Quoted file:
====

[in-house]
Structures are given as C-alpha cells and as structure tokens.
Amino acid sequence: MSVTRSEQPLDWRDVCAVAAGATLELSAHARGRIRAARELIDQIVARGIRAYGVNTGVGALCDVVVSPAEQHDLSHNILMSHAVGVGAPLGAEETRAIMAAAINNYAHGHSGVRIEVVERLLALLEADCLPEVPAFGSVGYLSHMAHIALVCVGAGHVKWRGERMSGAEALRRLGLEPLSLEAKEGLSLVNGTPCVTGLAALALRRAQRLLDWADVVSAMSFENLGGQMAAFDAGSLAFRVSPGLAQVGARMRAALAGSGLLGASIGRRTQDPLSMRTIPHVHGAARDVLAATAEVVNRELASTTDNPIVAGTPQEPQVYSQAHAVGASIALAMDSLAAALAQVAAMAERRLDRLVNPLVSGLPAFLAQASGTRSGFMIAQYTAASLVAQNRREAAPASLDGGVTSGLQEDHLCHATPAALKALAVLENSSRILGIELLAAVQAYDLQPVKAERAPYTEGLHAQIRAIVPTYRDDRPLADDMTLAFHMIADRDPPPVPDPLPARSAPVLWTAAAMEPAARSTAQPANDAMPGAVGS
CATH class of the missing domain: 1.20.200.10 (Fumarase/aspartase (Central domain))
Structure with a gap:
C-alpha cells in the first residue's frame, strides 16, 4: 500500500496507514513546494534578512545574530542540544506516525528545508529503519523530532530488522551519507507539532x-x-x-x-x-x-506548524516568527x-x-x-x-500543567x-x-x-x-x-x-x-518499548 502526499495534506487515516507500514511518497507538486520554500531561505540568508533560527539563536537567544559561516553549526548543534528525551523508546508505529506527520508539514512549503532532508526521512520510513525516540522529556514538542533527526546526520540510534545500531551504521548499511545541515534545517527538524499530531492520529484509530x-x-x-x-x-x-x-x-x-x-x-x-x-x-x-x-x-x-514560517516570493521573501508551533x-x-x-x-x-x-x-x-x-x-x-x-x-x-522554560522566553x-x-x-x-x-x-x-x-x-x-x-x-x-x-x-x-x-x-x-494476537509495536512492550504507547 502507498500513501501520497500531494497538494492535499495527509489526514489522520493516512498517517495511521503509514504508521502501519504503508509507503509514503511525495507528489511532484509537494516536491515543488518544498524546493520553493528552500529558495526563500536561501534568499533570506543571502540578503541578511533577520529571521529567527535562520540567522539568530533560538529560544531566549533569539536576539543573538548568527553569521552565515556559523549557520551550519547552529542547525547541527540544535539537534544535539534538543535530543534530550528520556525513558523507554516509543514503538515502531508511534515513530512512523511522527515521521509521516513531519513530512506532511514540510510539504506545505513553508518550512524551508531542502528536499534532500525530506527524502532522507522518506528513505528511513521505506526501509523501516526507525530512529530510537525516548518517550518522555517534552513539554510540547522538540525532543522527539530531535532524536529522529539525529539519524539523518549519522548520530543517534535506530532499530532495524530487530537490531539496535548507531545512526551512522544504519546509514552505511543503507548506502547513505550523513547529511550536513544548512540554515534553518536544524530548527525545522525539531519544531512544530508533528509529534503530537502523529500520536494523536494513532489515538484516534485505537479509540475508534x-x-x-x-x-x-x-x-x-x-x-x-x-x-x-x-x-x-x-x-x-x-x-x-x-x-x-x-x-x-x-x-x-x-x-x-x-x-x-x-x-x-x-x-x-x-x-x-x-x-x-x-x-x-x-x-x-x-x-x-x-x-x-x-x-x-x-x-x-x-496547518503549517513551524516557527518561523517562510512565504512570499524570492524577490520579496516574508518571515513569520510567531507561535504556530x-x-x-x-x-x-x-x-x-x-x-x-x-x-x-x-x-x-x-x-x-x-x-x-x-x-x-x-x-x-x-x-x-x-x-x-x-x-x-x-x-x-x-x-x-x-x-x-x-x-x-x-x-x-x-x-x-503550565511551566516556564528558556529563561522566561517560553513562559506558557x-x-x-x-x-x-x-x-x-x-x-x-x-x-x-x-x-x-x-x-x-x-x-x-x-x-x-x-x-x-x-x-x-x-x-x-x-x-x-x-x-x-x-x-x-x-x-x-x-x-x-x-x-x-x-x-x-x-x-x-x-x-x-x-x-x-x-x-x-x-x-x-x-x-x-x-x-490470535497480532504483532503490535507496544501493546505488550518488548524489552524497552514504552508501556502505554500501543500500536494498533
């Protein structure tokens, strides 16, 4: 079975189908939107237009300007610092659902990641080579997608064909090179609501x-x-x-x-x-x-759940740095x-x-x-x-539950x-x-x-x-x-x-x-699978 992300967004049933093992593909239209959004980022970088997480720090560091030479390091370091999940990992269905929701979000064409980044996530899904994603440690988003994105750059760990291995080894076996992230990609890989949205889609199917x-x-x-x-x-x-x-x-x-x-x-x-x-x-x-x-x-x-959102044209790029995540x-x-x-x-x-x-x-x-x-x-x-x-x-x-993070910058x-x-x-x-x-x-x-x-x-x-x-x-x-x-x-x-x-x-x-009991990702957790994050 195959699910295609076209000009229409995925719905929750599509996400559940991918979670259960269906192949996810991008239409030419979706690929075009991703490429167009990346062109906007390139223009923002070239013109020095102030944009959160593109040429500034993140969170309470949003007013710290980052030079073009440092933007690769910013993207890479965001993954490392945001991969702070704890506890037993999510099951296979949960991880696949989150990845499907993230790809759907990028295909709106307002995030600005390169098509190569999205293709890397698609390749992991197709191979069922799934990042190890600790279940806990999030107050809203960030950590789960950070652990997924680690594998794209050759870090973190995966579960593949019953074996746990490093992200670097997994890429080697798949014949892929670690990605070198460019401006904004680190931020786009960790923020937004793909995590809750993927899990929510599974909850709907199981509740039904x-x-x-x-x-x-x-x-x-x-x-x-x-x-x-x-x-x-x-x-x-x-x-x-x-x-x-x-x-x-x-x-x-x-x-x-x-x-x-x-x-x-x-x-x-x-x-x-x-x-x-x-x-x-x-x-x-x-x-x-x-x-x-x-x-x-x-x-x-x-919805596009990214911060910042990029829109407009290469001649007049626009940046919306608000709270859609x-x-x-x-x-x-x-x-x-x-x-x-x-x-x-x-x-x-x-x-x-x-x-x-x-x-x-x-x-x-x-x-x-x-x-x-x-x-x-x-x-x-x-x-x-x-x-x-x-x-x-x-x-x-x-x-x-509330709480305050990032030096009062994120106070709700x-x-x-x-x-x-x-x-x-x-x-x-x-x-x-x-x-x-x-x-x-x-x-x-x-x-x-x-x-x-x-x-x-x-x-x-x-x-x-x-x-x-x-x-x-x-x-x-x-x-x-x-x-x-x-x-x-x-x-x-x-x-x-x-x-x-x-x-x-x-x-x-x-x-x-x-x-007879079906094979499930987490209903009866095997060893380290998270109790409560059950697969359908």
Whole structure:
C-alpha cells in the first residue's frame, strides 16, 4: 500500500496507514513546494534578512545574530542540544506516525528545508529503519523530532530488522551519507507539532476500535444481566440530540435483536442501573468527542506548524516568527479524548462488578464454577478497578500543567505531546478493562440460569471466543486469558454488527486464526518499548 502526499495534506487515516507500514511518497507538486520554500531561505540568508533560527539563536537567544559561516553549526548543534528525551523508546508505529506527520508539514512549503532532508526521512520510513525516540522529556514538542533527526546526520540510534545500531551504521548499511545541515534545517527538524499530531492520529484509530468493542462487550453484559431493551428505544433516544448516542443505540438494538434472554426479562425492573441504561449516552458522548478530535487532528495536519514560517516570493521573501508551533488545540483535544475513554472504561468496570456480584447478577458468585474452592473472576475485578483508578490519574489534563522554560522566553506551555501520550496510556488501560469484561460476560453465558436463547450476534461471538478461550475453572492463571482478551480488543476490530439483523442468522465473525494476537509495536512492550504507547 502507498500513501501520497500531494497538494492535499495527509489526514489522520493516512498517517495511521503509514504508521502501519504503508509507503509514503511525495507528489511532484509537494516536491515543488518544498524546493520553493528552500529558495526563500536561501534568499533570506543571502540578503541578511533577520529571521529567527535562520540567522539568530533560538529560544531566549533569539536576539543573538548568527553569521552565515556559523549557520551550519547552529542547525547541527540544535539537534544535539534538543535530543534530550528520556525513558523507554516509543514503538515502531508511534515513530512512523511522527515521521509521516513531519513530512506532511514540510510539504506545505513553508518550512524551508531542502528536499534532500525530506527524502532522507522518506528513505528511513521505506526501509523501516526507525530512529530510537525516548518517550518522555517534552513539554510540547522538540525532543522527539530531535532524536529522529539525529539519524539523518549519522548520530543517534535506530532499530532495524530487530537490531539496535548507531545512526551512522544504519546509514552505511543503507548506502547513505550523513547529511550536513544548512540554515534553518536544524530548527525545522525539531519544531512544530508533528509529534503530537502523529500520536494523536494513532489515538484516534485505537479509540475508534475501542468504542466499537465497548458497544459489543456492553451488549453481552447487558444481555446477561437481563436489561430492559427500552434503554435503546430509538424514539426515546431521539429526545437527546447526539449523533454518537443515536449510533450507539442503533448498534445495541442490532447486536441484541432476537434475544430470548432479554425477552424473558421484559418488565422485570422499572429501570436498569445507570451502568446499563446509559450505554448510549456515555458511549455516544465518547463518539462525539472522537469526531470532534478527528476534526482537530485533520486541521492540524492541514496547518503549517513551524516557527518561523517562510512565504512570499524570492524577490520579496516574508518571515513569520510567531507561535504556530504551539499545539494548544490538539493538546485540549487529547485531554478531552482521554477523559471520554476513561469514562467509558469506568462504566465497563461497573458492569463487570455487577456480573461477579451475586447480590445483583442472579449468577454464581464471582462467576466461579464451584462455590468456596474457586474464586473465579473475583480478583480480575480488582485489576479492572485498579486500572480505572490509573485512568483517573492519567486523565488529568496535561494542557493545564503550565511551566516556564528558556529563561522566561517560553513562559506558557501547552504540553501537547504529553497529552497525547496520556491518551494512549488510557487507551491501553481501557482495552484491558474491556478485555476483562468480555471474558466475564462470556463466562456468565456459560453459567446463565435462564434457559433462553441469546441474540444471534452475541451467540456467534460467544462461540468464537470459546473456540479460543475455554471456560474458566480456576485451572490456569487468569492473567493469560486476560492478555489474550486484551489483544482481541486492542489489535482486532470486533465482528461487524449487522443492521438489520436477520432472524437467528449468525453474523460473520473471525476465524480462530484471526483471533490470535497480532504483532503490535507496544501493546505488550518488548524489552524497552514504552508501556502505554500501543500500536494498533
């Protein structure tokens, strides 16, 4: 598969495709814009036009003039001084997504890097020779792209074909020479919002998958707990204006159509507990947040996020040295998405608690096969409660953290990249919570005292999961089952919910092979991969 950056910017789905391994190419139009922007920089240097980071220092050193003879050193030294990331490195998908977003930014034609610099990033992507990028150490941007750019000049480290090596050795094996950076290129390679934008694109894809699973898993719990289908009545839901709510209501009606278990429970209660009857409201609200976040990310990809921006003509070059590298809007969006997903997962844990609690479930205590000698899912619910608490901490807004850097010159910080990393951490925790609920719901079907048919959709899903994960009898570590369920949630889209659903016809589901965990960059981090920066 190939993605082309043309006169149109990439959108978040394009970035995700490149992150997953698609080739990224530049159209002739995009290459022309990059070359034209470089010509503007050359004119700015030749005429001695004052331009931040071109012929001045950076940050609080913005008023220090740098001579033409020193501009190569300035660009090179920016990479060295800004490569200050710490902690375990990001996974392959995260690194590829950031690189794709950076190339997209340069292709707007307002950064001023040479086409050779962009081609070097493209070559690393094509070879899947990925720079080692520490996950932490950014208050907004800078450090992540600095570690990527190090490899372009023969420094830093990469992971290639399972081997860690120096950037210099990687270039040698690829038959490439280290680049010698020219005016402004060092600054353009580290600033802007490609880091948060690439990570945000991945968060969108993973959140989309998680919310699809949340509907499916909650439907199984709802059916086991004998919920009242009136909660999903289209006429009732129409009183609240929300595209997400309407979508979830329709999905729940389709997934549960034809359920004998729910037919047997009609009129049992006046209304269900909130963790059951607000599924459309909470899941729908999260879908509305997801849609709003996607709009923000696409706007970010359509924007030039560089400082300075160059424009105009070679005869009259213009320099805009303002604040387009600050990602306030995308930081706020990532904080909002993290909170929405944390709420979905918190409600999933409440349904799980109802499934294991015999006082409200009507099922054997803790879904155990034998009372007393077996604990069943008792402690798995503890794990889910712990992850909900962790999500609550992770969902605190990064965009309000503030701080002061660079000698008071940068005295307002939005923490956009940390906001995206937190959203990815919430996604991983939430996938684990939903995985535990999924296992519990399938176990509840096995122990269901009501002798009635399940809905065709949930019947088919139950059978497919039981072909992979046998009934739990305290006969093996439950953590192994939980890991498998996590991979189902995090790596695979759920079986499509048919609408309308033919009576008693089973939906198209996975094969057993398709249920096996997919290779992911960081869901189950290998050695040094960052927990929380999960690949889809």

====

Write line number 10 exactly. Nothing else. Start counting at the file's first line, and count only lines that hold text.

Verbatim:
């Protein structure tokens, strides 16, 4: 598969495709814009036009003039001084997504890097020779792209074909020479919002998958707990204006159509507990947040996020040295998405608690096969409660953290990249919570005292999961089952919910092979991969 950056910017789905391994190419139009922007920089240097980071220092050193003879050193030294990331490195998908977003930014034609610099990033992507990028150490941007750019000049480290090596050795094996950076290129390679934008694109894809699973898993719990289908009545839901709510209501009606278990429970209660009857409201609200976040990310990809921006003509070059590298809007969006997903997962844990609690479930205590000698899912619910608490901490807004850097010159910080990393951490925790609920719901079907048919959709899903994960009898570590369920949630889209659903016809589901965990960059981090920066 190939993605082309043309006169149109990439959108978040394009970035995700490149992150997953698609080739990224530049159209002739995009290459022309990059070359034209470089010509503007050359004119700015030749005429001695004052331009931040071109012929001045950076940050609080913005008023220090740098001579033409020193501009190569300035660009090179920016990479060295800004490569200050710490902690375990990001996974392959995260690194590829950031690189794709950076190339997209340069292709707007307002950064001023040479086409050779962009081609070097493209070559690393094509070879899947990925720079080692520490996950932490950014208050907004800078450090992540600095570690990527190090490899372009023969420094830093990469992971290639399972081997860690120096950037210099990687270039040698690829038959490439280290680049010698020219005016402004060092600054353009580290600033802007490609880091948060690439990570945000991945968060969108993973959140989309998680919310699809949340509907499916909650439907199984709802059916086991004998919920009242009136909660999903289209006429009732129409009183609240929300595209997400309407979508979830329709999905729940389709997934549960034809359920004998729910037919047997009609009129049992006046209304269900909130963790059951607000599924459309909470899941729908999260879908509305997801849609709003996607709009923000696409706007970010359509924007030039560089400082300075160059424009105009070679005869009259213009320099805009303002604040387009600050990602306030995308930081706020990532904080909002993290909170929405944390709420979905918190409600999933409440349904799980109802499934294991015999006082409200009507099922054997803790879904155990034998009372007393077996604990069943008792402690798995503890794990889910712990992850909900962790999500609550992770969902605190990064965009309000503030701080002061660079000698008071940068005295307002939005923490956009940390906001995206937190959203990815919430996604991983939430996938684990939903995985535990999924296992519990399938176990509840096995122990269901009501002798009635399940809905065709949930019947088919139950059978497919039981072909992979046998009934739990305290006969093996439950953590192994939980890991498998996590991979189902995090790596695979759920079986499509048919609408309308033919009576008693089973939906198209996975094969057993398709249920096996997919290779992911960081869901189950290998050695040094960052927990929380999960690949889809």